From David Cyranoski’s review of the Sensing Nature exhibition at the Tokyo Mori Art Museum:
The merging of nature and human activity harks back to earlier Japanese tradition, according to art historian Toshio Watanabe of the University of the Arts in London, who is lecturing at the gallery. The famed woodblock landscapes of Japan usually depict human endeavour coexisting with nature — unlike Western art, in which nature is an awesome, sublime force that often excludes or overpowers humans. Even in Hokusai’s famous 1832 painting The Great Wave off Kanagawa, Watanabe explains, the people don’t look panicked and no boats are overturned: “The picture is as much about the energy of the boatmen as the waves.”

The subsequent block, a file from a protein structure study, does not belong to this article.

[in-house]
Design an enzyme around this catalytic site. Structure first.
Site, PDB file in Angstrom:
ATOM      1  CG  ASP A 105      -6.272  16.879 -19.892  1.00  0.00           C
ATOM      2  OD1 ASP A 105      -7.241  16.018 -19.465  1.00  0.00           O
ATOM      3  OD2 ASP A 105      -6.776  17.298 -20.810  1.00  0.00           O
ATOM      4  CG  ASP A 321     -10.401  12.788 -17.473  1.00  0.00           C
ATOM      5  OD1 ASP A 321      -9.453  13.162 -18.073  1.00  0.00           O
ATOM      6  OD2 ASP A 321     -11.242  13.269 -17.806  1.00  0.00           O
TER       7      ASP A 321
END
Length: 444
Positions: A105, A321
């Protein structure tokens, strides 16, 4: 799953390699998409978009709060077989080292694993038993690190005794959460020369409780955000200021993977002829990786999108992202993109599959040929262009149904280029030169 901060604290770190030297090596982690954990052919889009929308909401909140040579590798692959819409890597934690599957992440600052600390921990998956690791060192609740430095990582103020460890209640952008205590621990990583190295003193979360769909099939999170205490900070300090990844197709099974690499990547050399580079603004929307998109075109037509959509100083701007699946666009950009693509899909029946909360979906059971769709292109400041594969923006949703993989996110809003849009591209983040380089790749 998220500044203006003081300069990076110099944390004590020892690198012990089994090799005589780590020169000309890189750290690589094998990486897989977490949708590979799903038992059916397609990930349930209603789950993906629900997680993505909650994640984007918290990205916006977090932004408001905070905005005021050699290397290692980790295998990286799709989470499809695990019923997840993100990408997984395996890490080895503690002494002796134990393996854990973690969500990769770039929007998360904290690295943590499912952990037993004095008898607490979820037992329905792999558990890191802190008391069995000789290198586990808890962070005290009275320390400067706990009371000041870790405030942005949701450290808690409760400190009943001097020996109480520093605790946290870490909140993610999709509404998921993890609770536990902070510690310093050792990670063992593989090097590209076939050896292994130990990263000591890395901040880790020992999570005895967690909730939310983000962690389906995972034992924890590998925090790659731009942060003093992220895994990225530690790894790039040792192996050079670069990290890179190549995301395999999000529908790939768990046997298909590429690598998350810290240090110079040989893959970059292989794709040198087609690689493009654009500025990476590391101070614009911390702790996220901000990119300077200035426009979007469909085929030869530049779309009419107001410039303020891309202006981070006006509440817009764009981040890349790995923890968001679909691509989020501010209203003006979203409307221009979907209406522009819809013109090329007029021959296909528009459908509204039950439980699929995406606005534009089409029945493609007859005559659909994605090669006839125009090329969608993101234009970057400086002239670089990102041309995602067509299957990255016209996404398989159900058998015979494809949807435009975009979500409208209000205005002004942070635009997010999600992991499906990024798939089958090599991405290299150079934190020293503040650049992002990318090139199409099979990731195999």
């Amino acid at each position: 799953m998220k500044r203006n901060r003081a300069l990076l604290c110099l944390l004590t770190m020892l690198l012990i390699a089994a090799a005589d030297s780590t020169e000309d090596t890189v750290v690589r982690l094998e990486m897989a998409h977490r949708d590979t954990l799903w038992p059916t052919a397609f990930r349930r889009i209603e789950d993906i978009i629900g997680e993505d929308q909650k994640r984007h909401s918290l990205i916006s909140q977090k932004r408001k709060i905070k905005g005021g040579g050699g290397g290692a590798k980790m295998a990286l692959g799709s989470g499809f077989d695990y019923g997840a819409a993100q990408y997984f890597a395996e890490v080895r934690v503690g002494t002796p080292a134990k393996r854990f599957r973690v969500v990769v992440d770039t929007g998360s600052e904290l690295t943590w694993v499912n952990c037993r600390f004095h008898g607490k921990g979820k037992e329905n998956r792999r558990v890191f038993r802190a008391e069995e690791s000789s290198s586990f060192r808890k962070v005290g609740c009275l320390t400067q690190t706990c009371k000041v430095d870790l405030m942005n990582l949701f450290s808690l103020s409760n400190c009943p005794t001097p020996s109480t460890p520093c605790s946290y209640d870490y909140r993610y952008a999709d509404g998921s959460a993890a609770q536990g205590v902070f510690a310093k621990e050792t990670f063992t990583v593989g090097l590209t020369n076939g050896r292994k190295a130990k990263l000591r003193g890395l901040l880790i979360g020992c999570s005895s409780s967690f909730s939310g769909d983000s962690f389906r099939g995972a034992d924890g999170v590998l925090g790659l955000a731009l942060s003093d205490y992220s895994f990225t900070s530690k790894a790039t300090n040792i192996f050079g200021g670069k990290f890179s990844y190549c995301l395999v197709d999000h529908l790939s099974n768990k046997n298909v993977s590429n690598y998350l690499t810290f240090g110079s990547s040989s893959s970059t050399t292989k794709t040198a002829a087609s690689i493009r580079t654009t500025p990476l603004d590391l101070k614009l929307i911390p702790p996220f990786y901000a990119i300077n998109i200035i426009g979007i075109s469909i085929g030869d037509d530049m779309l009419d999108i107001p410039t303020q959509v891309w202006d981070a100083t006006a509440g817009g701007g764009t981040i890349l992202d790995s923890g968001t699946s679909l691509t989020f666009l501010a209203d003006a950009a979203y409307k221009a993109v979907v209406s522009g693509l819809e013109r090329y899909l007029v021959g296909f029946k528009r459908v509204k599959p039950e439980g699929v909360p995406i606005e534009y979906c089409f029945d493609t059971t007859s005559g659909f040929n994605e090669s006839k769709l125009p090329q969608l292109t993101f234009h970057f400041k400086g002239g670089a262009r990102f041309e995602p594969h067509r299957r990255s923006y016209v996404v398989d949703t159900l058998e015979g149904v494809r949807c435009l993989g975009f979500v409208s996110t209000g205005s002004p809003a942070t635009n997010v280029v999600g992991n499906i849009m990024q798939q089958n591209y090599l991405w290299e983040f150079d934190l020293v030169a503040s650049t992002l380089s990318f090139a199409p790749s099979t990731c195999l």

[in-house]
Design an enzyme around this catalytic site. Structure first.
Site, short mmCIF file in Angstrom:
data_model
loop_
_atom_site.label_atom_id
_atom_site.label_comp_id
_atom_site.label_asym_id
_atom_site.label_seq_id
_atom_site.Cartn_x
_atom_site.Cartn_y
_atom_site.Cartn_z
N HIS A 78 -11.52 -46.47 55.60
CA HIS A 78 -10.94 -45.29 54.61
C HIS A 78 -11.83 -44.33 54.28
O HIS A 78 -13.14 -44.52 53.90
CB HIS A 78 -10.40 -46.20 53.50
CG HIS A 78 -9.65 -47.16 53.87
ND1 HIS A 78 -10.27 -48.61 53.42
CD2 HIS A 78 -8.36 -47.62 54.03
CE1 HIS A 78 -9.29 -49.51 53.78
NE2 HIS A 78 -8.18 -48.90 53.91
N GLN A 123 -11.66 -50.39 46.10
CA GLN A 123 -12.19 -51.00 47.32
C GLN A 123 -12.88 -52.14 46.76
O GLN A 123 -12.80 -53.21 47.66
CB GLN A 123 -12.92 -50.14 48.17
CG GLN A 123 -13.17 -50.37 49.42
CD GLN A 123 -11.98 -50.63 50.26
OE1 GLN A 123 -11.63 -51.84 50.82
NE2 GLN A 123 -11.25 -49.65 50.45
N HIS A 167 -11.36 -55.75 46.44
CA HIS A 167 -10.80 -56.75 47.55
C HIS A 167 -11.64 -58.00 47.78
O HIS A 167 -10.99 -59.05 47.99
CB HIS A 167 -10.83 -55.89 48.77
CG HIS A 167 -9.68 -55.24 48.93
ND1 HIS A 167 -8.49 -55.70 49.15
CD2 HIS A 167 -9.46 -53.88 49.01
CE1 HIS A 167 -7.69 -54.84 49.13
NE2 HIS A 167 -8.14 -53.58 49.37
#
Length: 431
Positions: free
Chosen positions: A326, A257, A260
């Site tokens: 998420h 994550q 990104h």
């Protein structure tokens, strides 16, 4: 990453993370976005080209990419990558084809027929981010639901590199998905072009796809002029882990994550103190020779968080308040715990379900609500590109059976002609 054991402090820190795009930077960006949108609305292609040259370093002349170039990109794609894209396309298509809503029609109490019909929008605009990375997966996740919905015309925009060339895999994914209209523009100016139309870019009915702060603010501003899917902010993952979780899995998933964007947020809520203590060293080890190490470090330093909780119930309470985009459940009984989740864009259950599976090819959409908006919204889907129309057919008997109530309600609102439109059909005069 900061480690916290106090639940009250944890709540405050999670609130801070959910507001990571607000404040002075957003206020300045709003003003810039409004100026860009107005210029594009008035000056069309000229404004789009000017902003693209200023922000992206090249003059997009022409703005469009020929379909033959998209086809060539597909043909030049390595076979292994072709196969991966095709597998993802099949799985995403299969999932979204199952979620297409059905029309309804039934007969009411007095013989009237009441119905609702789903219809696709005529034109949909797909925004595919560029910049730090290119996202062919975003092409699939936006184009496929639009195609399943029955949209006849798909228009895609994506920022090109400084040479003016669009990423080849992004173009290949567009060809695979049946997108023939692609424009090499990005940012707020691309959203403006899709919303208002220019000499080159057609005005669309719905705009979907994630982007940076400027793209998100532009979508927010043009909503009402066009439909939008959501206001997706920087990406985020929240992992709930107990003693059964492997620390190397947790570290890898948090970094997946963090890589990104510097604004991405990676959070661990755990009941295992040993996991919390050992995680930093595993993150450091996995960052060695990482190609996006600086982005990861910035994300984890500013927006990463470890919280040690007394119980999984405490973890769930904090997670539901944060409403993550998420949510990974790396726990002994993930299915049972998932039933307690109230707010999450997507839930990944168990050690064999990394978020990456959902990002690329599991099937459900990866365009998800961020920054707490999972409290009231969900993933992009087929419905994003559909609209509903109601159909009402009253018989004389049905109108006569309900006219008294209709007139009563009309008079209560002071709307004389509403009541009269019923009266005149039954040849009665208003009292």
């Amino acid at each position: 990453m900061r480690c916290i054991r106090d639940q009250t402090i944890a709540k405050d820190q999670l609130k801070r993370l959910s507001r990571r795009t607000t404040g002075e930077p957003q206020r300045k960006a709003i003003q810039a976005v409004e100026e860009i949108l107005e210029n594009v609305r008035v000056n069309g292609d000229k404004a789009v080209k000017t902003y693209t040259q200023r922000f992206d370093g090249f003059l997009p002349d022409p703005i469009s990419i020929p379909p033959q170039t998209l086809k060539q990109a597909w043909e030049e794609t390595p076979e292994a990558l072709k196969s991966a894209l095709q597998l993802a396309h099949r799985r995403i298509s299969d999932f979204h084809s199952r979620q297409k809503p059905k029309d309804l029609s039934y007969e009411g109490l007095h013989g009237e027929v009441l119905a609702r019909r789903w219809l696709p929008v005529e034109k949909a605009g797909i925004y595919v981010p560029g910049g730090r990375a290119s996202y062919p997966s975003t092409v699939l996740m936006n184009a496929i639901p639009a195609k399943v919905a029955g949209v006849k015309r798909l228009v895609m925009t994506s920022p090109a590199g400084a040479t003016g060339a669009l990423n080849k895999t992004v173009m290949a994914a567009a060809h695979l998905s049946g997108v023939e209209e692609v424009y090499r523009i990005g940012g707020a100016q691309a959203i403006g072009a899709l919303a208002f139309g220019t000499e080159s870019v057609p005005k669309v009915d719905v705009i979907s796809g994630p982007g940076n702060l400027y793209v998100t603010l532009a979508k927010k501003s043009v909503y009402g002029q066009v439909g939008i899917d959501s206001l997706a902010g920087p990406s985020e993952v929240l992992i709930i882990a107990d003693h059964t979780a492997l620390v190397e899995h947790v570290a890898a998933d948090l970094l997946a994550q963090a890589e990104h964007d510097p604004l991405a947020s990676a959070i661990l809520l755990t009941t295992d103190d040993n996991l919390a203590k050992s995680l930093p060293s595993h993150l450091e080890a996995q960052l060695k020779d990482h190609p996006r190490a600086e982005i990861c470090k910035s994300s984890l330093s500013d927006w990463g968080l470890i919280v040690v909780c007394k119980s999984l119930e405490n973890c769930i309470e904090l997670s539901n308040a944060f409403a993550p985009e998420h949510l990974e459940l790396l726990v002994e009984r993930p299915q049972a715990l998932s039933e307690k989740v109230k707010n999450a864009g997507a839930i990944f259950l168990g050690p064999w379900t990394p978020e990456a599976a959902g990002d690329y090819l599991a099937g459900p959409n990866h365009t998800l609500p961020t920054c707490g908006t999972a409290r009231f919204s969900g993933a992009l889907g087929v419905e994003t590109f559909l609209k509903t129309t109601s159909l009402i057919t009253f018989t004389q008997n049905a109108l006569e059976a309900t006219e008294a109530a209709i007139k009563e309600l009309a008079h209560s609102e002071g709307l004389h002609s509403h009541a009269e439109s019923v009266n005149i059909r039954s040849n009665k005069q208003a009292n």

Above video from the show: Snow, an interactive installation of feathers created by Yoshioka Tokujin.